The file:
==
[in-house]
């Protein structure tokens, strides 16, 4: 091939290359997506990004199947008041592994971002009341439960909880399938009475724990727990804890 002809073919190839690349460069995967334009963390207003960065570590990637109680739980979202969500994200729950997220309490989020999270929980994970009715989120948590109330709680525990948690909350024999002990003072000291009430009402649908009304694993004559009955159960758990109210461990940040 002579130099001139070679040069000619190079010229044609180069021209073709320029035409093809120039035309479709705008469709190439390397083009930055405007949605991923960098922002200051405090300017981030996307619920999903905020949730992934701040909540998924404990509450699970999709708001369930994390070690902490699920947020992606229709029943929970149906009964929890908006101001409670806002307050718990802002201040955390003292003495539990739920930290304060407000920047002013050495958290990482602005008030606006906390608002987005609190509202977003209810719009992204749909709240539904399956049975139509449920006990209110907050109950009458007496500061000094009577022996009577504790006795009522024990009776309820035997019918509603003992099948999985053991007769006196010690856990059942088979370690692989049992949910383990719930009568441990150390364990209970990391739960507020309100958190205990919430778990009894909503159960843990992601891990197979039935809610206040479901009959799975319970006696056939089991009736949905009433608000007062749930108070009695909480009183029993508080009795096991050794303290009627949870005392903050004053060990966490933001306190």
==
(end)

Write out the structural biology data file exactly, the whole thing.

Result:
[in-house]
């Protein structure tokens, strides 16, 4: 091939290359997506990004199947008041592994971002009341439960909880399938009475724990727990804890 002809073919190839690349460069995967334009963390207003960065570590990637109680739980979202969500994200729950997220309490989020999270929980994970009715989120948590109330709680525990948690909350024999002990003072000291009430009402649908009304694993004559009955159960758990109210461990940040 002579130099001139070679040069000619190079010229044609180069021209073709320029035409093809120039035309479709705008469709190439390397083009930055405007949605991923960098922002200051405090300017981030996307619920999903905020949730992934701040909540998924404990509450699970999709708001369930994390070690902490699920947020992606229709029943929970149906009964929890908006101001409670806002307050718990802002201040955390003292003495539990739920930290304060407000920047002013050495958290990482602005008030606006906390608002987005609190509202977003209810719009992204749909709240539904399956049975139509449920006990209110907050109950009458007496500061000094009577022996009577504790006795009522024990009776309820035997019918509603003992099948999985053991007769006196010690856990059942088979370690692989049992949910383990719930009568441990150390364990209970990391739960507020309100958190205990919430778990009894909503159960843990992601891990197979039935809610206040479901009959799975319970006696056939089991009736949905009433608000007062749930108070009695909480009183029993508080009795096991050794303290009627949870005392903050004053060990966490933001306190």